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Dep't of Health v. Leafly Holdings, Inc.

Florida Court of Appeals, First District
Aug 9, 2023
No. 1D21-3501 (Fla. Dist. Ct. App. Aug. 9, 2023)




Department of Health, Appellant, v. Leafly Holdings, Inc., Appellee.

Sarah Young Hodges, Chief Appellate Counsel, Florida Department of Health, Tallahassee, for Appellant. Seann M. Frazier and Kristen Bond Dobson of Parker, Hudson, Rainer & Dobbs, Tallahassee, for Appellee.

Not final until disposition of any timely and authorized motion under Fla. R. App. P. 9.330 or 9.331.

On appeal from the Division of Administrative Hearings. Suzanne Van Wyk, Administrative Law Judge.

Sarah Young Hodges, Chief Appellate Counsel, Florida Department of Health, Tallahassee, for Appellant.

Seann M. Frazier and Kristen Bond Dobson of Parker, Hudson, Rainer & Dobbs, Tallahassee, for Appellee.


Leafly Holdings, Inc. filed a successful unpromulgated rule challenge in 2021, after the Florida Department of Health issued a memorandum warning against medical marijuana treatment centers (MMTCs) in Florida contracting with Leafly for online ordering services. The Department appealed, arguing that Leafly lacked standing to bring its challenge and that its memo merely restated the prohibition in § 381.986(8)(e), Florida Statutes, forbidding contracting between MMTCs and third-party service providers. We affirm. Because the prohibition set forth in the Department's memo goes beyond the text of the statute in restricting Leafly from providing online ordering services to the MMTCs, the memo constitutes an unpromulgated rule that Leafly could lawfully challenge under § 120.56(4).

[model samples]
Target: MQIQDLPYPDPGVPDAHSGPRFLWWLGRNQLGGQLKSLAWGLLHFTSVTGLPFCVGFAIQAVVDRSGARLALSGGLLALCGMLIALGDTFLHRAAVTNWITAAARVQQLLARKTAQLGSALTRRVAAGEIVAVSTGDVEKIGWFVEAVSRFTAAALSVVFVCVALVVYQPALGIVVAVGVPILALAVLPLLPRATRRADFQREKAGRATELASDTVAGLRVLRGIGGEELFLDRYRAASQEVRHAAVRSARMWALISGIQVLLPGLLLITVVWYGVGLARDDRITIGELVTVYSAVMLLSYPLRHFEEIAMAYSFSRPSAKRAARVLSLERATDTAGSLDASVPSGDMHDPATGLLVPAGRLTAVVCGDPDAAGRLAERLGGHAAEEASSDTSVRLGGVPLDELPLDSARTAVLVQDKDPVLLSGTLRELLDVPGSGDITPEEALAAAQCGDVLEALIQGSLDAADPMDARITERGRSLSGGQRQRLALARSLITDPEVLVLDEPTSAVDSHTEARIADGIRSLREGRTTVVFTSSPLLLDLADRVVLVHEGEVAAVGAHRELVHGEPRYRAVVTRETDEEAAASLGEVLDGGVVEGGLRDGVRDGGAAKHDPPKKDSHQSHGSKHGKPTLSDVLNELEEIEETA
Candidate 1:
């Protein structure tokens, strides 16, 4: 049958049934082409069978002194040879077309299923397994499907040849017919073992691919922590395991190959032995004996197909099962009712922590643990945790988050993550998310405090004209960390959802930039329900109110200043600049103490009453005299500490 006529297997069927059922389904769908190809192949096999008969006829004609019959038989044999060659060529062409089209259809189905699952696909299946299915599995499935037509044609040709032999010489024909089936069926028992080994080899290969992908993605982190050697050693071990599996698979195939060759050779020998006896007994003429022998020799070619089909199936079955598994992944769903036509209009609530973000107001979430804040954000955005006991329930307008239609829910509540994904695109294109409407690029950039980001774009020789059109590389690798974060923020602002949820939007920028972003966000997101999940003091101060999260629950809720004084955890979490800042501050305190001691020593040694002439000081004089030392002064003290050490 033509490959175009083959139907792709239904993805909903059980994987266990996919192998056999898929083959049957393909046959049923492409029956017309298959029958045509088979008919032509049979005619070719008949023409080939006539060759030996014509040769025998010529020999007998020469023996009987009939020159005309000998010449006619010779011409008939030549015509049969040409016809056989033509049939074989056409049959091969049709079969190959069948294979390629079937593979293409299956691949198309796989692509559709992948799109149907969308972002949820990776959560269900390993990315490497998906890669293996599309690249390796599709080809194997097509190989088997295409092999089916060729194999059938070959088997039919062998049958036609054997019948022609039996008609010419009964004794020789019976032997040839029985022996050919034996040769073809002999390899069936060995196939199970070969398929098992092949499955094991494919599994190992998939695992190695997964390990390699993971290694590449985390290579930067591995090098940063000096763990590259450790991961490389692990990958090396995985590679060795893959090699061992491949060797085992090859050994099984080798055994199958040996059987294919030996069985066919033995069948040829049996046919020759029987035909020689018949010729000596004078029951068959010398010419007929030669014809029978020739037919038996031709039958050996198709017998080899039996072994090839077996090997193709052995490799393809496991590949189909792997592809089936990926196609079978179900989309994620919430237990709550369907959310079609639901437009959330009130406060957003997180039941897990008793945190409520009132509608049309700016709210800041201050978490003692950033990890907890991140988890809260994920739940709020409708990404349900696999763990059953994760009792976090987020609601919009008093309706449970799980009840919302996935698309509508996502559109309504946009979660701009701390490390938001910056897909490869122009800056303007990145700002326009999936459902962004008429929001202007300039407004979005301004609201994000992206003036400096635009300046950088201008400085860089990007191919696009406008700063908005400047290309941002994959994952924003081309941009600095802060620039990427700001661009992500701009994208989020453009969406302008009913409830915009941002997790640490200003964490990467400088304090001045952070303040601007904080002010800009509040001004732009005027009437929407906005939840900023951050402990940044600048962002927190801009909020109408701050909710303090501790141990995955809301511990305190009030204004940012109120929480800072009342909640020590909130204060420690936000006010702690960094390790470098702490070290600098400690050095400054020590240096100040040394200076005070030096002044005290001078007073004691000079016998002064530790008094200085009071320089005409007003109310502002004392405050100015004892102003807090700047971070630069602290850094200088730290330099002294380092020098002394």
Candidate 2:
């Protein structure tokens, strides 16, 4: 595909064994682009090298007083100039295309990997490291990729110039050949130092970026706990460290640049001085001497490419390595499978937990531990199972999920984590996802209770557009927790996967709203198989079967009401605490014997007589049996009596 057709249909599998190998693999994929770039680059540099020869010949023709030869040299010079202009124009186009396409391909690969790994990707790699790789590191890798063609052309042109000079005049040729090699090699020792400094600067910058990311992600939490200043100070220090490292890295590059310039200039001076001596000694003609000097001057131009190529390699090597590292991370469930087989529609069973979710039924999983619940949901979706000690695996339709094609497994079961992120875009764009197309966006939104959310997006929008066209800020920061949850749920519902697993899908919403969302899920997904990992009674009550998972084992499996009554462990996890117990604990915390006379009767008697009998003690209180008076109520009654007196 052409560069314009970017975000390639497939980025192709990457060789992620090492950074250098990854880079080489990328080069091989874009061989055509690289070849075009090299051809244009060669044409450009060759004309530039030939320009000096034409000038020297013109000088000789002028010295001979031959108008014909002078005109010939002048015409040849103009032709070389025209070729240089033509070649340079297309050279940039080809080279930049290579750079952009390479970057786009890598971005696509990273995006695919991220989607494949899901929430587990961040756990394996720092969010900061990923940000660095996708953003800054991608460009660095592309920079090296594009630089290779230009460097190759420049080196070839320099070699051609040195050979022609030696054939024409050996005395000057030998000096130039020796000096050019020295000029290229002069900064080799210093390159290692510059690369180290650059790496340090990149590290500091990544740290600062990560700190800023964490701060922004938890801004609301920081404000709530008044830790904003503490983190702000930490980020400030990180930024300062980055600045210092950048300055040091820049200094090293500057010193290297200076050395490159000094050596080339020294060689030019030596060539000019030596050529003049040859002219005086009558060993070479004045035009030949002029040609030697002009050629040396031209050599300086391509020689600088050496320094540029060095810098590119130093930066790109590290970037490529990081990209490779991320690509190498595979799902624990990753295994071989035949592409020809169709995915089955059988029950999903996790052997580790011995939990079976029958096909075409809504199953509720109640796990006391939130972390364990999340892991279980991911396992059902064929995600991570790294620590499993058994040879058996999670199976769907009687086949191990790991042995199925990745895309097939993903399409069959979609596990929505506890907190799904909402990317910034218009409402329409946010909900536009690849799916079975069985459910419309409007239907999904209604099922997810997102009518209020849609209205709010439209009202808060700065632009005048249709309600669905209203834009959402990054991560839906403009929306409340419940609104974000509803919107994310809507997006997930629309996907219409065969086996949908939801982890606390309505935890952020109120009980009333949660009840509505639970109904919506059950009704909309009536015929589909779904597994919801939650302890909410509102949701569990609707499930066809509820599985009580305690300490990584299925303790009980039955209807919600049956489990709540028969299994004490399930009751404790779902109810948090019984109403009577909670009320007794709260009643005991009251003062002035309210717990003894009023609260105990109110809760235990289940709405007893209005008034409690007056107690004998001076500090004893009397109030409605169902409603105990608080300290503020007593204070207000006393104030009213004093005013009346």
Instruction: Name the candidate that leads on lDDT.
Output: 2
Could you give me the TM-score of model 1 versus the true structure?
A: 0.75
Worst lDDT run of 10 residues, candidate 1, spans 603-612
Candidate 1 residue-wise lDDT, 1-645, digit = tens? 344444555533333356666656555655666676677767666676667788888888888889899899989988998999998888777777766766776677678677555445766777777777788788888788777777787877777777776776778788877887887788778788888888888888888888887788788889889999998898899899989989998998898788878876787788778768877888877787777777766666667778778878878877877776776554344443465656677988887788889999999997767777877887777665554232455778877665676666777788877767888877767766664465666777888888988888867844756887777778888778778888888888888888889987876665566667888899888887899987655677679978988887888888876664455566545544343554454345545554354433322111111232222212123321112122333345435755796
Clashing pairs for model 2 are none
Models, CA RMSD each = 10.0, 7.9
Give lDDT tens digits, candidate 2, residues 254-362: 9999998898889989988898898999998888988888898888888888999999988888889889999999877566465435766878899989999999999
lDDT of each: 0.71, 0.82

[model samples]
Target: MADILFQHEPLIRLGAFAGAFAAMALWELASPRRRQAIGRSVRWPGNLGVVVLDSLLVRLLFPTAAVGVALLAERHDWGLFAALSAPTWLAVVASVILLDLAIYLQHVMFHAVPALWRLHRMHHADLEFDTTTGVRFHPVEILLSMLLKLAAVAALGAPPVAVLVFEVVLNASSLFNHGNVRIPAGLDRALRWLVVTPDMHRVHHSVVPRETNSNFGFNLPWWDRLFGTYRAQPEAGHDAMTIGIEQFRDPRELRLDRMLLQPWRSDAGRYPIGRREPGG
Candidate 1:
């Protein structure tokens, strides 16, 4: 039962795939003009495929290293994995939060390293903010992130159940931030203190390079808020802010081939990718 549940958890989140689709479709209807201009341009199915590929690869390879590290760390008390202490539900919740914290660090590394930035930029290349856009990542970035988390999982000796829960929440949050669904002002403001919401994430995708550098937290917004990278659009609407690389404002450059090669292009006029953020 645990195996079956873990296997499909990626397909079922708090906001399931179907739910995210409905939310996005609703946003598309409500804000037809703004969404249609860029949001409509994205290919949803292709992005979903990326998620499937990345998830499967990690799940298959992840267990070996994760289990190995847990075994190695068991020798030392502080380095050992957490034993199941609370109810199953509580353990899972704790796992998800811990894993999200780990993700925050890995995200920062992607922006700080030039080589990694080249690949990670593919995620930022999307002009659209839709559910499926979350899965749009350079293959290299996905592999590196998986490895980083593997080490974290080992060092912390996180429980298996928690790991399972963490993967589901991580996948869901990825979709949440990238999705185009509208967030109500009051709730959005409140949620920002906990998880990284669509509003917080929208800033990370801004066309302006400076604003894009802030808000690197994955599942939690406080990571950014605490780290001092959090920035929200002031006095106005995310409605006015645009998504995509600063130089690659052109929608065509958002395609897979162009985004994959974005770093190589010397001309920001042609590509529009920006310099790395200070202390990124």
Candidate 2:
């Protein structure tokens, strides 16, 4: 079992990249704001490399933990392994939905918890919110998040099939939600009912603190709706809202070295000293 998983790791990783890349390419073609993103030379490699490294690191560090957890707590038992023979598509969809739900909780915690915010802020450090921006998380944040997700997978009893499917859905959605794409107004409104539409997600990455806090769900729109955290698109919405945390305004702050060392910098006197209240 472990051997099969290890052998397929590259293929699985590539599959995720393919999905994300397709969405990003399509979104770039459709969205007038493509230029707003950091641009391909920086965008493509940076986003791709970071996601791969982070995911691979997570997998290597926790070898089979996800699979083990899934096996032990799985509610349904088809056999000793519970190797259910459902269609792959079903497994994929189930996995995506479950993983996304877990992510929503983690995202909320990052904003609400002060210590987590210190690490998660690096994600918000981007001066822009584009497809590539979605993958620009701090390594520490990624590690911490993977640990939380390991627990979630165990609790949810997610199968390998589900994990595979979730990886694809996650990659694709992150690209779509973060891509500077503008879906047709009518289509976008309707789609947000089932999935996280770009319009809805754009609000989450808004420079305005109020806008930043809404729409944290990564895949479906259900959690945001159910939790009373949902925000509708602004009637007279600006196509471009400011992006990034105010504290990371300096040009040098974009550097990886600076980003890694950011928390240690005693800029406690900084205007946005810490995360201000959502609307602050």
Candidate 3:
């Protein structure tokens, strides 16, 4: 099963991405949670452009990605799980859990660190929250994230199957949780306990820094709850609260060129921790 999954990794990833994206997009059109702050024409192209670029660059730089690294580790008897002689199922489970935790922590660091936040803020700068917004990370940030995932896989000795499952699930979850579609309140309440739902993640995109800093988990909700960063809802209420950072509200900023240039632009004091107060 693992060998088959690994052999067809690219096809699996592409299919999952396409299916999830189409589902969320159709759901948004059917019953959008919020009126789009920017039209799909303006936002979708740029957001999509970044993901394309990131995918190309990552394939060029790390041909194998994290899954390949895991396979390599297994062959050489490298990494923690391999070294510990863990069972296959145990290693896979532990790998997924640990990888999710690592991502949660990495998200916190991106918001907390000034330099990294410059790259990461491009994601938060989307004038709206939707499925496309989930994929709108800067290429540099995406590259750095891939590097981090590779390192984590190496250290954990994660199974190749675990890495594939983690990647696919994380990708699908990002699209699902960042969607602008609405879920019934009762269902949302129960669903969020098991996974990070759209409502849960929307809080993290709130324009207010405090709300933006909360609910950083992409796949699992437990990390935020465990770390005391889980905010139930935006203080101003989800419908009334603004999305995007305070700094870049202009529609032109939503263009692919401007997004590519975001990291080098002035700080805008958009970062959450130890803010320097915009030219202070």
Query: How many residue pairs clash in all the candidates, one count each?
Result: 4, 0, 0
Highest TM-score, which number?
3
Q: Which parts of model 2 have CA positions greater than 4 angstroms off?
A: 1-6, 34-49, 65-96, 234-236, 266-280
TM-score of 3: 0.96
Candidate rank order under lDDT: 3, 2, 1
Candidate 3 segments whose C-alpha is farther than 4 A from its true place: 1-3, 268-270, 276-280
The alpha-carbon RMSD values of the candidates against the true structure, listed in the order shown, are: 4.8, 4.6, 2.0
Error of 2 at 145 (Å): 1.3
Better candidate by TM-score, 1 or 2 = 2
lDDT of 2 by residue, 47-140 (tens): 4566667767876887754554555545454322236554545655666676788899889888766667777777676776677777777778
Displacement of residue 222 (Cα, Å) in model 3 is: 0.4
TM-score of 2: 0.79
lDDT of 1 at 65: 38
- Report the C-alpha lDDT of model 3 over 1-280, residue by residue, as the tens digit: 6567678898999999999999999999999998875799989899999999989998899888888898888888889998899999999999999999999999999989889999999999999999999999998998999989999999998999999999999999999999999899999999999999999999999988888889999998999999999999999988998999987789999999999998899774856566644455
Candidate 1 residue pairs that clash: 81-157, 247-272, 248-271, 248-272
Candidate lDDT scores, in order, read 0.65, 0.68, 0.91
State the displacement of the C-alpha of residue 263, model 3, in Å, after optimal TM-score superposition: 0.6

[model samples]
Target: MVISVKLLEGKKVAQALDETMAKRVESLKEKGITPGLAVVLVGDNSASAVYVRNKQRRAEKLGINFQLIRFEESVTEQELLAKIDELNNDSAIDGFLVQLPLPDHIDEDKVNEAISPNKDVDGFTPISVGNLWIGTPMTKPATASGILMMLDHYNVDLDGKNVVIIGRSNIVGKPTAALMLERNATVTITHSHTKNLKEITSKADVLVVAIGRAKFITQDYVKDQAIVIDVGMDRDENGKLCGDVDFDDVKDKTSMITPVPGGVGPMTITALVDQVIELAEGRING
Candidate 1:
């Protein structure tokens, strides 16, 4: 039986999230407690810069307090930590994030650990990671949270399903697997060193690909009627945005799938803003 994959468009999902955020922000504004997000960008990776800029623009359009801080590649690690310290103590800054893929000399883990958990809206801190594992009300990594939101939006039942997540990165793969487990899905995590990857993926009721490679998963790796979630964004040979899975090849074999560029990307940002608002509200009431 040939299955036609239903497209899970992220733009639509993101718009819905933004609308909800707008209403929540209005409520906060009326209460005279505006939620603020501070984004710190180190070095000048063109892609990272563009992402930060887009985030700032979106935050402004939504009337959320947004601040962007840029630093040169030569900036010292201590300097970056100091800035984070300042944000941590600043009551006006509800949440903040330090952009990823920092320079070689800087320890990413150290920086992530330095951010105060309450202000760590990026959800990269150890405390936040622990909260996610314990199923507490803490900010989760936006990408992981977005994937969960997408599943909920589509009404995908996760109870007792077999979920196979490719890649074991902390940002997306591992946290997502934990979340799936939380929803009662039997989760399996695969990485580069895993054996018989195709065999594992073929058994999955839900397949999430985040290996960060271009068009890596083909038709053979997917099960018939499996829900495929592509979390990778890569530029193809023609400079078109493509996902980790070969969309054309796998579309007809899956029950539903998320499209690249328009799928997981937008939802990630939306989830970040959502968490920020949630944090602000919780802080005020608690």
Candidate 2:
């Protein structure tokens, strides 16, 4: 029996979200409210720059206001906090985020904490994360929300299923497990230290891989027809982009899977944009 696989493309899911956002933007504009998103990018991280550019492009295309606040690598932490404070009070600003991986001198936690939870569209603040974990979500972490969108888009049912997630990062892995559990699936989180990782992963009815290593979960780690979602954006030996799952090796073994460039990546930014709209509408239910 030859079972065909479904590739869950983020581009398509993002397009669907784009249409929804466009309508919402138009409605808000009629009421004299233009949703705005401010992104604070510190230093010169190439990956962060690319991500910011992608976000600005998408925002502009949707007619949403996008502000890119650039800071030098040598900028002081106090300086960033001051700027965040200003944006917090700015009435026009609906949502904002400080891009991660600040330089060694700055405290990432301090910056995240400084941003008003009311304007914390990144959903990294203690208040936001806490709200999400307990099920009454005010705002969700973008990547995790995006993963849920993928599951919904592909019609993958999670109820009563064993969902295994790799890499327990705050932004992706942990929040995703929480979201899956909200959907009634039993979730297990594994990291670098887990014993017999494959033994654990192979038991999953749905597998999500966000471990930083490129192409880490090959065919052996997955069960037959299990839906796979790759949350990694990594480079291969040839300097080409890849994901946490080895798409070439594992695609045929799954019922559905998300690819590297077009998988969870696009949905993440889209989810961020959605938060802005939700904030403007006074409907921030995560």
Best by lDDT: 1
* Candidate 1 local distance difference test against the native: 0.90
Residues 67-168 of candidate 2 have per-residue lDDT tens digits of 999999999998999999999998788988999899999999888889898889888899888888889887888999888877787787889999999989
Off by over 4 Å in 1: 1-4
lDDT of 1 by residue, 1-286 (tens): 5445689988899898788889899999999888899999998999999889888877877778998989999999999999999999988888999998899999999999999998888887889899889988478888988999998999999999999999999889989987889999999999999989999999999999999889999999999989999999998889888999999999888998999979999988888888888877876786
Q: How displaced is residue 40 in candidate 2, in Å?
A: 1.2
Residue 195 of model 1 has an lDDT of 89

Appellant Leafly is a Washington State-based company that operates an online website and application-based resource providing cannabis and medical marijuana sales information. Various licensed MMTCs in Florida contracted with Leafly to host online sales-order services whereby Leafly would publish information on its online site of the medical marijuana available from the MMTC's. Qualified patients could view available MMTC products on Leafly's website and put them in an online cart. Leafly would then communicate to the MMTC the customer-picked product information as well as whatever customer information the MMTC required to be collected on the front end of a sale. In turn, the MMTC would communicate back to Leafly when the order was ready for customer pickup. Leafly would notify the customer. And the customer could then go to the MMTC dispensing facility and purchase the product directly from the MMTC. Or, if an MMTC offered delivery services, the MMTC would communicate shipment and delivery information to the customer through Leafly, who would notify the patient electronically of a pending delivery.